Help the Seminary with Your Christmas Shopping

As you do your Christmas shopping, you can support the seminary in a few simple ways.

If you shop at Amazon, you can put your shopping to work for us as well. Anything you buy at Amazon can be credited to us if you enter Amazon through our seminary link. This applies to books, electronics, housewares, anything they sell. The price doesn’t go up; it costs you nothing more. But Amazon pays a portion of the proceeds to the seminary just for the referral. Simply go to the seminary’s homepage ( and enter Amazon (US or Canada) by clicking on the appropriate link, or click one of these links:

AmazonCA AmazonUS
Then just shop as usual and the seminary gets the credit (you need to click on our link each time you start shopping at Amazon).

You can also buy gifts from the seminary’s bookstore. As we move out of the bookshop business, all books are 50% off! Gift certificates are available. Check the seminary website for book lists and shopping options or e-mail Sarah:

Tara Lyn Hart, Perfect HolidayThe bookstore still has copies of Tara Lyn Hart’s Christmas CD available for $10 plus $2.99 shipping.

We also have warm and stylish CLTS winter scarves for sale ($15), as well as CLTS ball caps ($10). Show your love for your seminary proudly!Scarf

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Recent Faculty Publications

Nagel Festschrift coverThe tripus (gen. tripodis) is a well-worn academic metaphor–referring to the three-legged stool on which the student tepidly sits while being interrogated by his university examiners. The tripus has also been used to illustrate the threefold work of a professor: teaching, research/writing, and administration. It is difficult for anyone to excel at all three, but our seminaries expect their faculty to aim for at least two!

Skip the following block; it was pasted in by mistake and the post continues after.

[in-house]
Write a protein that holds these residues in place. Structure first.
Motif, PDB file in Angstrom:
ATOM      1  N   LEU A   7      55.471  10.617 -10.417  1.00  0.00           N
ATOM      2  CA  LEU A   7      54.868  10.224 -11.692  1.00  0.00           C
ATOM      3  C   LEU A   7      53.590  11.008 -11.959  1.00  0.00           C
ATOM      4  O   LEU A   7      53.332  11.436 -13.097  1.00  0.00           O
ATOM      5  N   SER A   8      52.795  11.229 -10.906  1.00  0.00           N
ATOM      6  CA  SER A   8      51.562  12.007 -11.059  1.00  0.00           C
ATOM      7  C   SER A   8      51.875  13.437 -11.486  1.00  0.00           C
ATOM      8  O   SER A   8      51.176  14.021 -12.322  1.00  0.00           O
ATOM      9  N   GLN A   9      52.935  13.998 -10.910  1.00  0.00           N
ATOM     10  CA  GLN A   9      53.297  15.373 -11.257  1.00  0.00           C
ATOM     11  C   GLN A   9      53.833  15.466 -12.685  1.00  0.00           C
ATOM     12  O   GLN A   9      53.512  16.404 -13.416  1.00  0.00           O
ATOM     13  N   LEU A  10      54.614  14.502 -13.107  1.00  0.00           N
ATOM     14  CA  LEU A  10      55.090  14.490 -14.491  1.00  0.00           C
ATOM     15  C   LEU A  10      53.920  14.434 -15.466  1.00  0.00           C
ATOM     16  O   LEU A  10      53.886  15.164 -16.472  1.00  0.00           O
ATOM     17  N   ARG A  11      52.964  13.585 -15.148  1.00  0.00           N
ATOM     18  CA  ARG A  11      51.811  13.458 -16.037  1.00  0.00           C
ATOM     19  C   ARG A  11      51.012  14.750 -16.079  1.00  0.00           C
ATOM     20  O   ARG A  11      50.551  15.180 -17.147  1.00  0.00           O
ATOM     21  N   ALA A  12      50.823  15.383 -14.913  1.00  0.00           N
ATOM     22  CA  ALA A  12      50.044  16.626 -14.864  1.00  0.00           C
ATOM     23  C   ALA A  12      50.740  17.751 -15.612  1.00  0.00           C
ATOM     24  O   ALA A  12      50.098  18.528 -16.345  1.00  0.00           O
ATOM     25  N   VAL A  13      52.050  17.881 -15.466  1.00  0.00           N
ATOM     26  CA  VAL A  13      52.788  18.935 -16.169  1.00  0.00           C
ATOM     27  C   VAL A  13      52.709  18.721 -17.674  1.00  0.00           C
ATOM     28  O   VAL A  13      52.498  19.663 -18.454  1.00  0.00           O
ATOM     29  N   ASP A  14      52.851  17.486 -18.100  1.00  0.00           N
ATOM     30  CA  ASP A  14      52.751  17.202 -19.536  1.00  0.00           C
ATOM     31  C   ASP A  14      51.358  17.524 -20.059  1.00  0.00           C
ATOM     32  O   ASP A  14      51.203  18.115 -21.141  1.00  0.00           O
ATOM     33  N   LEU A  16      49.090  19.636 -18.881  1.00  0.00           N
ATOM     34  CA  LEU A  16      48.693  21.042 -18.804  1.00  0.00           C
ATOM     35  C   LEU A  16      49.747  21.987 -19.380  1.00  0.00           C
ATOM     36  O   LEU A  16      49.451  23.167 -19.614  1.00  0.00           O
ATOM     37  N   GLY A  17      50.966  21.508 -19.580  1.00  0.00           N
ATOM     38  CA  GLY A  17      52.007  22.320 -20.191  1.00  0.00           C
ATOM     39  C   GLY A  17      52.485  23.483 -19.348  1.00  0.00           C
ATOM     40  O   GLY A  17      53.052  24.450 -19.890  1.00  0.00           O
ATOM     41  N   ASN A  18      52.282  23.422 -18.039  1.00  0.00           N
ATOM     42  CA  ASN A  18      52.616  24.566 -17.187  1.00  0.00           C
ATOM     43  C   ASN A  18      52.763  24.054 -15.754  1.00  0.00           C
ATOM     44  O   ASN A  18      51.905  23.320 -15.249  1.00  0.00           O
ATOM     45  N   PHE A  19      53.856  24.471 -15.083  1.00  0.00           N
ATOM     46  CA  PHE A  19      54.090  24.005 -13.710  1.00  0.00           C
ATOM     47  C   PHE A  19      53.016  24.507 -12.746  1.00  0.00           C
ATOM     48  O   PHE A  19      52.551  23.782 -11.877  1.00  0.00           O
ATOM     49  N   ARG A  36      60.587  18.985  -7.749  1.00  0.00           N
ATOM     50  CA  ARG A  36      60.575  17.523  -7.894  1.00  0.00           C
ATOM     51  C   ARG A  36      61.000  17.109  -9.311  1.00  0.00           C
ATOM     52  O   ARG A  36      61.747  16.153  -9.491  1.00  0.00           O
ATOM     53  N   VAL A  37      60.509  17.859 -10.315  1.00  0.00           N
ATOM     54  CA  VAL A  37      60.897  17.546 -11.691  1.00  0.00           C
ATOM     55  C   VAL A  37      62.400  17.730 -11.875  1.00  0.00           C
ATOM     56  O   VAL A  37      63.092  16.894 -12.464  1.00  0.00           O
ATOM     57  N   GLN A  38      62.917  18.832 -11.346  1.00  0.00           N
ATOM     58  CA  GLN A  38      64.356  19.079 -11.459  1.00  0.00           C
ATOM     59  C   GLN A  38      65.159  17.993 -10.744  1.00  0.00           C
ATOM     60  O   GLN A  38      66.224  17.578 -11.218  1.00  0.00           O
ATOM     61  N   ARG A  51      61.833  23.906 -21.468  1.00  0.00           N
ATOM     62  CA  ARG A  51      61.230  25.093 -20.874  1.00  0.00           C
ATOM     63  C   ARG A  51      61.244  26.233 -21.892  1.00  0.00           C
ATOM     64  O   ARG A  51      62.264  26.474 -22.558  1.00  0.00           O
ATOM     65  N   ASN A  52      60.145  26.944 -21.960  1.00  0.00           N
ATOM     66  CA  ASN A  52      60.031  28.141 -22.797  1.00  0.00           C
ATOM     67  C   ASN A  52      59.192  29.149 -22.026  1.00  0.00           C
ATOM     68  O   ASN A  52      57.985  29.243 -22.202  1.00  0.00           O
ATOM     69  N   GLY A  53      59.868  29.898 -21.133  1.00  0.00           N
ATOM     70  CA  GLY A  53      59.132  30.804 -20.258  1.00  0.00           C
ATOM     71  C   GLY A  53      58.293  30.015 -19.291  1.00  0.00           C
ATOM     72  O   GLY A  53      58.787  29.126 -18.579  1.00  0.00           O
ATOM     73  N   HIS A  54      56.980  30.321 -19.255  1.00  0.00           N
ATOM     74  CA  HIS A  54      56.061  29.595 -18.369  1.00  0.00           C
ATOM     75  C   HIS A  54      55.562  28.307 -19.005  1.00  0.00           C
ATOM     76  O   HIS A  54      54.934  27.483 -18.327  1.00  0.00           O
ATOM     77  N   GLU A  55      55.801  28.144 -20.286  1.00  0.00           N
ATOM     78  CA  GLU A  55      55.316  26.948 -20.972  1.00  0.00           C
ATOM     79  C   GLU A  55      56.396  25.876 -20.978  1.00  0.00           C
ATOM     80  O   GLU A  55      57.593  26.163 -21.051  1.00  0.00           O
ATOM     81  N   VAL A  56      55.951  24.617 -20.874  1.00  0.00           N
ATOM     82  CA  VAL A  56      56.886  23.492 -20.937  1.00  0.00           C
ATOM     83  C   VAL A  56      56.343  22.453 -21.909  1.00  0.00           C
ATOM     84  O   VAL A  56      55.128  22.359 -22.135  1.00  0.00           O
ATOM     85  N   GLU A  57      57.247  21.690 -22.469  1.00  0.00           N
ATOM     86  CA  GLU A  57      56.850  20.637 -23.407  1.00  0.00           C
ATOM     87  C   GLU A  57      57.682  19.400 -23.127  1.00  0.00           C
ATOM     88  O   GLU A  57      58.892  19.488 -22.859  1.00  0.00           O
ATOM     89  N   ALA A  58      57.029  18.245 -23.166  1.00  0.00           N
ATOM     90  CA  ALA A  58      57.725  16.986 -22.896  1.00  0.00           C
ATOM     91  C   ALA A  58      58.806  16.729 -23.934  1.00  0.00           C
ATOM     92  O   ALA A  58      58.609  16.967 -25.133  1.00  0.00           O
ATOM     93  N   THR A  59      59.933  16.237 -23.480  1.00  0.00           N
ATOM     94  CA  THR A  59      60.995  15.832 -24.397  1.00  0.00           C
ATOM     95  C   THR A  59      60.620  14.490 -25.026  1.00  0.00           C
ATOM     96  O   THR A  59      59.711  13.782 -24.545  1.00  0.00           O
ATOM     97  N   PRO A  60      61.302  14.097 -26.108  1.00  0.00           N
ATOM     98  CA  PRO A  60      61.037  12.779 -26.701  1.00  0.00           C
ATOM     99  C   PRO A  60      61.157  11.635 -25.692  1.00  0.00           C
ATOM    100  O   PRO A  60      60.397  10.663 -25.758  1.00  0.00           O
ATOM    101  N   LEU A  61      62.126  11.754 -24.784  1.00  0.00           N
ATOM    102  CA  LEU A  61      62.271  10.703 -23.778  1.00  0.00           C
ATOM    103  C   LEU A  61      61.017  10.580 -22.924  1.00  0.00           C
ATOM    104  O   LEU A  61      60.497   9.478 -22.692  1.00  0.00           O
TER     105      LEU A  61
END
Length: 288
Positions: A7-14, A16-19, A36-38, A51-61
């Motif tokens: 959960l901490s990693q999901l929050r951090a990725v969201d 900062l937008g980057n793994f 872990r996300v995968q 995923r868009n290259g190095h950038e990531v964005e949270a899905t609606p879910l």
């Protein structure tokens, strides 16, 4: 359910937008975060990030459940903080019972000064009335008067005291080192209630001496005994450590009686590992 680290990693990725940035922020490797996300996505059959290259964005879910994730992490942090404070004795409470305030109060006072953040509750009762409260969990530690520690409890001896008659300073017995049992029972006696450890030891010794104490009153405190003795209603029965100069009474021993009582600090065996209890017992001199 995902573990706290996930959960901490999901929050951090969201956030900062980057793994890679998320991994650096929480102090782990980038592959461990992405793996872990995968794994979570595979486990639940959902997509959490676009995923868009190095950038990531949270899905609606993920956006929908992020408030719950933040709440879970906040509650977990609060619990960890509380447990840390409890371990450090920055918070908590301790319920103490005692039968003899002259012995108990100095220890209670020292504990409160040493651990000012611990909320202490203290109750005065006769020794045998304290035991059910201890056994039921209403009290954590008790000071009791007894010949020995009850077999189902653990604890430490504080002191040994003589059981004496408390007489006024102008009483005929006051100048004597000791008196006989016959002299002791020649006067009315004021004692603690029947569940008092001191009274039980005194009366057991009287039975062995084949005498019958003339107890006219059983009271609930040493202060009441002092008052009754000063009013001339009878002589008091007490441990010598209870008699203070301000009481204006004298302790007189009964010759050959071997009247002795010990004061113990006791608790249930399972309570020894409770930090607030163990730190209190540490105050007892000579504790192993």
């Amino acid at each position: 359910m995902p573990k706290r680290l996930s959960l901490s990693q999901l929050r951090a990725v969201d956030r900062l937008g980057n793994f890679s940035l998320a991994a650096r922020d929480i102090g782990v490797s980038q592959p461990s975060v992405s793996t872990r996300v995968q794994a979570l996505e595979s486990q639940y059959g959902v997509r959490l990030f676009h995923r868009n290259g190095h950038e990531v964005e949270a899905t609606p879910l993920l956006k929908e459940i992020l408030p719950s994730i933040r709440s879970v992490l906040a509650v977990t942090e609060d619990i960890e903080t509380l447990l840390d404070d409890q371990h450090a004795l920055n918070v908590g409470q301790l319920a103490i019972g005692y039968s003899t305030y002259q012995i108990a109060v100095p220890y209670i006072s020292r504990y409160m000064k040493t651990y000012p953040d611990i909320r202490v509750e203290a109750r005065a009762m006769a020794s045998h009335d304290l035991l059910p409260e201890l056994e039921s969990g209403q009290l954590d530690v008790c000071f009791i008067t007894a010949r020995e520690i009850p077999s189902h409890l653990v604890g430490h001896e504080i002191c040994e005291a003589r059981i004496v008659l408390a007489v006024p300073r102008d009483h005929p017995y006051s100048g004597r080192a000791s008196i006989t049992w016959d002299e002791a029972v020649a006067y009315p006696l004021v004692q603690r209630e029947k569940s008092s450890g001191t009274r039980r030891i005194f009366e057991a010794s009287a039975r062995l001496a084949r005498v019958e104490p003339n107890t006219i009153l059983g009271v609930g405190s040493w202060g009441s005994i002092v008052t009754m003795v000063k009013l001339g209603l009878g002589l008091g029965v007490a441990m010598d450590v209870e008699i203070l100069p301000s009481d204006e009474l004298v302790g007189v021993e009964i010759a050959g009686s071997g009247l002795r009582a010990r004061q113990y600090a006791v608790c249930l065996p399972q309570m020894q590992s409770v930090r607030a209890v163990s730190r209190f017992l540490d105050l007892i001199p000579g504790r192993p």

The research and writing leg has been particularly muscular in the working life of the CLTS faculty. Much of this fruit is delivered to the church through Lutheran Theological Review, now in its 27th volume. The faculty’s other published works are listed on their Mendeley home pages, where interested readers can download pdfs of essays or find order details for their books.

OxfordDr John Stephenson was honoured to be asked to write the definitive short essay, “Sacraments in Lutheranism, 1600–1800” in the prestigious Oxford Handbook of Early Modern Theology, 1600-1800 (to be released in print in 2016). The article is already available online to Oxford subscribers. He is also busy writing a biography of Wilhelm Löhe, for which reason he was deeply pleased finally to be able to visit Neuendettelsau, Germany, this past October.

Dr Thomas Winger’s Ephesians commentary, published by Concordia Publishing House, has been available since May. This past week, a Festschrift was released honouring Dr Norman Nagel on the occasion of his 90th birthday. Entitled Dona Gratis Donata (“Gifts Freely Given”), the volume includes essays by Dr Winger (“The Epistle in the Liturgy and with the Ministry”) and CUE’s Dr Gerald Krispin (“A Mirror of Life in the Face of Death: A Study in the Pastoral Care of Phillip Nicolai”). You may order the volume from Amazon Canada or Amazon US. (Please use these links so that your purchase can support the seminary.)

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Call for Award Nominations

Each May at the annual Call Service Concordia Luthern Theological Seminary has the opportunity to confer two major awards on worthy pastors or lay members of Lutheran Church–Canada. The recipient of the “Friend of the Seminary” award is nominated by the faculty or Board of Regents for making a significant contribution to the well-being of the seminary.

CLTS Call Service 2013The Delta Chi Medal, by contrast, is awarded by the seminary on behalf of the wider church. This “highest and most distinguished award” is “presented to an individual, either clergy or lay, whose life exemplifies service to Christ in his/her everyday living and vocation.” In nominating, one should consider the person’s service to the local congregation, the community, the synodical district, the church at large, church service organizations, and educational institutions. Delta Chi refers to the initials of the Greek expression διάκονος χριστοῦ “servant of Christ”.

Anyone in LCC may nominate a candidate for the Delta Chi award. No current faculty or board member is eligible. Please submit your nomination in writing to the seminary or via e-mail to The deadline for nominations is 15 January 2016.

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Advent Lessons and Carols 2015